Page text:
Copyright Kent Past 2010
The History of Kent
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History of Lullingstone
Lullingstone comes from the Old English ‘tūn’ meaning an ‘enclosure, a farmstead, estate’ combined with a warlord’s name’; therefore, ‘Lulling’s farm/settlement’. The Domesday Book chronicles Lullingstone as Lolingestone and Lullingeston in the Textus Roffensis.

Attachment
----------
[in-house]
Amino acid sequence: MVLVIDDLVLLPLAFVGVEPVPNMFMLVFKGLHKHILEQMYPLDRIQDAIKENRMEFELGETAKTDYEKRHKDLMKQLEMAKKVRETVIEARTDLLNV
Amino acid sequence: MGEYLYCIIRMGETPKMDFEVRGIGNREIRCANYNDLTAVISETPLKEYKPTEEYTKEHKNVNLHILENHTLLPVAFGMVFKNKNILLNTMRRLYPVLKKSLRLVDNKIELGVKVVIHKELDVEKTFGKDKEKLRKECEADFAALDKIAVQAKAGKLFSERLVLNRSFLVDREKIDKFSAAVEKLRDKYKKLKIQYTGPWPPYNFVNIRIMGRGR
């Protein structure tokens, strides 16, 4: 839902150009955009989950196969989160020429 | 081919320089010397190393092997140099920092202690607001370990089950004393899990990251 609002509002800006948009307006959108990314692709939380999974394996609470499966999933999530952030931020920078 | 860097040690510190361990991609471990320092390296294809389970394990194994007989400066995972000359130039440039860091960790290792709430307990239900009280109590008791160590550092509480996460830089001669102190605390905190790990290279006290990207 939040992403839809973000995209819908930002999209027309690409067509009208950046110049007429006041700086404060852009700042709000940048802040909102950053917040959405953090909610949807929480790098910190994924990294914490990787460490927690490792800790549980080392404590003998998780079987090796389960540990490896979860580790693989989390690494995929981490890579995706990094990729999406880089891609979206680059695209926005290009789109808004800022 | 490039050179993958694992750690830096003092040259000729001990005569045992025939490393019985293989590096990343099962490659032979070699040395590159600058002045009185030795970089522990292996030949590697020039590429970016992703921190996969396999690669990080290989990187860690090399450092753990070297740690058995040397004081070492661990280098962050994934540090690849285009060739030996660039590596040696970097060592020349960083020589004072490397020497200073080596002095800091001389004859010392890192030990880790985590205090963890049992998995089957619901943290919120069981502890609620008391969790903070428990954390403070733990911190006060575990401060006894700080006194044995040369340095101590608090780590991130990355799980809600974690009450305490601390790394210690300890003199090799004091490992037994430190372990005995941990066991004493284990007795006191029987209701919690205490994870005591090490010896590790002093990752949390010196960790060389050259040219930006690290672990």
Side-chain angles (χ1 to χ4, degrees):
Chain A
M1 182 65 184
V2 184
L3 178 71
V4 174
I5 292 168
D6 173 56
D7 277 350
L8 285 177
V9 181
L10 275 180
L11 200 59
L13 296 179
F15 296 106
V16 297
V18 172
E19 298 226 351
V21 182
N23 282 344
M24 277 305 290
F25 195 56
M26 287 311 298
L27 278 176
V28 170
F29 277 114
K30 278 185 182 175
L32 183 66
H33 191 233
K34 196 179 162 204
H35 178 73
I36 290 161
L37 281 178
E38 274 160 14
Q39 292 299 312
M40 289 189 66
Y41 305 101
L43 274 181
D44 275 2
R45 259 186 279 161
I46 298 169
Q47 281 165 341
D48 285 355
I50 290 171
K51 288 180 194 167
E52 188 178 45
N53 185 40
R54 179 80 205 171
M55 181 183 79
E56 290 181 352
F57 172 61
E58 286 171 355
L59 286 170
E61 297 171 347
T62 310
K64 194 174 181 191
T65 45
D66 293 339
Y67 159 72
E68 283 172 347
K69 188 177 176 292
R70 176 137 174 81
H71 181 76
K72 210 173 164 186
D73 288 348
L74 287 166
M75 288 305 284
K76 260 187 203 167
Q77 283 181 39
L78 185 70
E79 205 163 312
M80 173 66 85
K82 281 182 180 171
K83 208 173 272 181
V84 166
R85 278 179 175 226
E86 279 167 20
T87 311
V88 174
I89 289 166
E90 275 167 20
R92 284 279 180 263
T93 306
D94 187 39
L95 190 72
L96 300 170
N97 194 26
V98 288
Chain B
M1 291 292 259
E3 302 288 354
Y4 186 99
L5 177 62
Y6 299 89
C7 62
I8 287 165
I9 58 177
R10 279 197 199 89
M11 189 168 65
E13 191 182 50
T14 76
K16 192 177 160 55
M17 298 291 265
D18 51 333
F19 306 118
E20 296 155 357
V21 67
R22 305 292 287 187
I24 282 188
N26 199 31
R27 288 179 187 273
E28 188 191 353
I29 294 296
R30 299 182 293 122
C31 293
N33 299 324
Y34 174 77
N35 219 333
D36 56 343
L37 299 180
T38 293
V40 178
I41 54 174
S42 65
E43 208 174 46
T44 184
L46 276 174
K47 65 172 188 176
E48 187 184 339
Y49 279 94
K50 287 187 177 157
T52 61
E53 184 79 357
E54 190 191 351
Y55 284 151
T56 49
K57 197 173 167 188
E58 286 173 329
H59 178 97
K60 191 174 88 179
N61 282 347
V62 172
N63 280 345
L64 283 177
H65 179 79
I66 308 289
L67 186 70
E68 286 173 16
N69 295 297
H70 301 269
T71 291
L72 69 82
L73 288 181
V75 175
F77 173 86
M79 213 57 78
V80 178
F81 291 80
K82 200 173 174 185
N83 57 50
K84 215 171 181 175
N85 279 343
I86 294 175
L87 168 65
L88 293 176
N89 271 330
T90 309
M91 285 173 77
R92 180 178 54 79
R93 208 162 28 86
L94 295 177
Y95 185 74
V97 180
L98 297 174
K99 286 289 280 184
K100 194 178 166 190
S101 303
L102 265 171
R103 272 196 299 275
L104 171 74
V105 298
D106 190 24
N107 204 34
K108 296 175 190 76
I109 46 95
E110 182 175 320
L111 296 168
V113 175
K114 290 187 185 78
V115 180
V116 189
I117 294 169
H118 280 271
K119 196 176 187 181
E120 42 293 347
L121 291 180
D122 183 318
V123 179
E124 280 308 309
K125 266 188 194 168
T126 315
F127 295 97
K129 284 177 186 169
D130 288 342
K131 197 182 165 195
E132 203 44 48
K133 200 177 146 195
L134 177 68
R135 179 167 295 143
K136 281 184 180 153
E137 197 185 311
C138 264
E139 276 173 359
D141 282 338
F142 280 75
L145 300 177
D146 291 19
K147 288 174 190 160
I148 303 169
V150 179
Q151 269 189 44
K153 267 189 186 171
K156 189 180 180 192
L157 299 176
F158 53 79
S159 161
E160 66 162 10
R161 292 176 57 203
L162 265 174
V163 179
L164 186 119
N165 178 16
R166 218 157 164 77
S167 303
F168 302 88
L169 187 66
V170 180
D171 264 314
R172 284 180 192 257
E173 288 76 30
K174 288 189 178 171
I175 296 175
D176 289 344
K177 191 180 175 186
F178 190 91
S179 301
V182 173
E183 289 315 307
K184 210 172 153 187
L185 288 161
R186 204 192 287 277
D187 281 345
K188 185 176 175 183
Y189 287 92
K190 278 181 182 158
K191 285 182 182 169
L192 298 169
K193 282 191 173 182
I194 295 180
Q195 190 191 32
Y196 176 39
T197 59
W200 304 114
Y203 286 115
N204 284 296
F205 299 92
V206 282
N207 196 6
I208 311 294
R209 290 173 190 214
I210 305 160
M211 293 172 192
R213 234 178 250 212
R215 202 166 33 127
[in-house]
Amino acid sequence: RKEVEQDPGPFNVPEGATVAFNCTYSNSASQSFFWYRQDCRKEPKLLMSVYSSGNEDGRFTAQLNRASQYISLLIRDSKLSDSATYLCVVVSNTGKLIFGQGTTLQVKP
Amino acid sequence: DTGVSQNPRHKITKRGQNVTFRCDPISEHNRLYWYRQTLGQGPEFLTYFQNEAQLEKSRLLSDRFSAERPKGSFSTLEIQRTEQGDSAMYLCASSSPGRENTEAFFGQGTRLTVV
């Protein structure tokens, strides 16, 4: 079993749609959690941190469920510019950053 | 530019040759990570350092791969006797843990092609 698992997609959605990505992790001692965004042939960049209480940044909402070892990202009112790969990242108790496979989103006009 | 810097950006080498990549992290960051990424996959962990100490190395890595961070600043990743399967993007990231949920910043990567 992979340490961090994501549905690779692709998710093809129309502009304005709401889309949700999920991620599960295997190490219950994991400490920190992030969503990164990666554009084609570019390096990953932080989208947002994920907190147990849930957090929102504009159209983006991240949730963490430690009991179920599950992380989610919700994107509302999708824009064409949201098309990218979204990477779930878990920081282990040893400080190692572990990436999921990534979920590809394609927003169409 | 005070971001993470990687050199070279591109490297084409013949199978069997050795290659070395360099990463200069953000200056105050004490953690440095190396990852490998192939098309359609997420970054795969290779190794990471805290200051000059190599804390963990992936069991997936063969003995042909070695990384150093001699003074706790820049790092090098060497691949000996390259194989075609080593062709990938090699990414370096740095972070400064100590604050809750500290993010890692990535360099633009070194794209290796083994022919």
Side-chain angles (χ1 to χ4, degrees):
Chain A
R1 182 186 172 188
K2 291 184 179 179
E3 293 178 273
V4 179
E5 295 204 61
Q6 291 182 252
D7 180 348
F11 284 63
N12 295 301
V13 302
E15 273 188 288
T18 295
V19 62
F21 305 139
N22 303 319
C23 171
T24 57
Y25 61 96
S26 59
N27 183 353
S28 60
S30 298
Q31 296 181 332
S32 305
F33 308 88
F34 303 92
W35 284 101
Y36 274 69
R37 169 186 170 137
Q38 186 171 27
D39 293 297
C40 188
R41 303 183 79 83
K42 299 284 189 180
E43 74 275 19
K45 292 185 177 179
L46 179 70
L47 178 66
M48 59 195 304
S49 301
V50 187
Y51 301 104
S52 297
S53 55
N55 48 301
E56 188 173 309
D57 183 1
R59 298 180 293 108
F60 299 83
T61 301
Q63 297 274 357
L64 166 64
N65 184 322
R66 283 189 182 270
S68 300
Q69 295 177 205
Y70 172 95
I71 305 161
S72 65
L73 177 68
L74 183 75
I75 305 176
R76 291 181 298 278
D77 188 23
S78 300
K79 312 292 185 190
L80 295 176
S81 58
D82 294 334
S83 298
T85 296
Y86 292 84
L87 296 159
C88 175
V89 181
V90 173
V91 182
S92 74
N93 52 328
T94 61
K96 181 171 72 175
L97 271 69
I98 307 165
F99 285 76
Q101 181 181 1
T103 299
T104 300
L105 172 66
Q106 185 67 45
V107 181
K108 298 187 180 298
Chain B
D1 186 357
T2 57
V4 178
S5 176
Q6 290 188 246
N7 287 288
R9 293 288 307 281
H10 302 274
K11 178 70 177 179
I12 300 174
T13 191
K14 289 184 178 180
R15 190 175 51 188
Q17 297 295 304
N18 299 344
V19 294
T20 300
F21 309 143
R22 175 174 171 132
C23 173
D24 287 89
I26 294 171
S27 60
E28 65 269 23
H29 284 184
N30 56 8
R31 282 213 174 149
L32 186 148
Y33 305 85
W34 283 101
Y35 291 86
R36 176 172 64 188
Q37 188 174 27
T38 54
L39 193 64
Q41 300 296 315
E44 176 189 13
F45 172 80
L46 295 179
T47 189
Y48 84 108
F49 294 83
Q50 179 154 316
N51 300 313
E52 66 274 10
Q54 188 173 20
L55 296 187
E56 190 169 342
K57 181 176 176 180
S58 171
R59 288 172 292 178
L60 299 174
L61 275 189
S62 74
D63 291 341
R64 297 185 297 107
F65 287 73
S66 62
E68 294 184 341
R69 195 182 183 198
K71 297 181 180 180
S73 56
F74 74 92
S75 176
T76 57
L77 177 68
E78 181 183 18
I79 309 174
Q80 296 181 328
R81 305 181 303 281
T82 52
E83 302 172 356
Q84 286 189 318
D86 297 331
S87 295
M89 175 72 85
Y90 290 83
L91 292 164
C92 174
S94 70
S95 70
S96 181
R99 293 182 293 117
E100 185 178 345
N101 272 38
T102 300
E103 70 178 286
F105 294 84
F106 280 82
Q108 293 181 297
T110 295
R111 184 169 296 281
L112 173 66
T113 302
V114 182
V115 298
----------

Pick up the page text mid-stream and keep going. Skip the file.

Lullingstone parish church is a Grade: I listed building, dedicated to Saint Botolph. The Rokesle (Ruxley) family built it as a two cell church early in the 14th century. The Peche family added the north chapel and porch in the 15th century. In 1797, Edward Hasted described the Lullingstone church as consisting of ‘one isle and two chancels, having a low pointed steeple at the west end. This church, to the credit of the patrons of it, who for a long succession of time have resided in the family seat almost adjoining to it, is remarkable for the neat and decent state in which it is kept. It is paved with white and black marble, the pews are regularly wainscoted, the windows adorned with coloured glass, and the cieling ornamented with stucco. The antient screen which separates the nave from the chancel, yet remains entire. It is of oak, and a most beautiful piece of gothic work, with a balustrade at top’. In the 19th century the Victorians added the south porch and raised the walls to allow for an ornate plaster ceiling…. more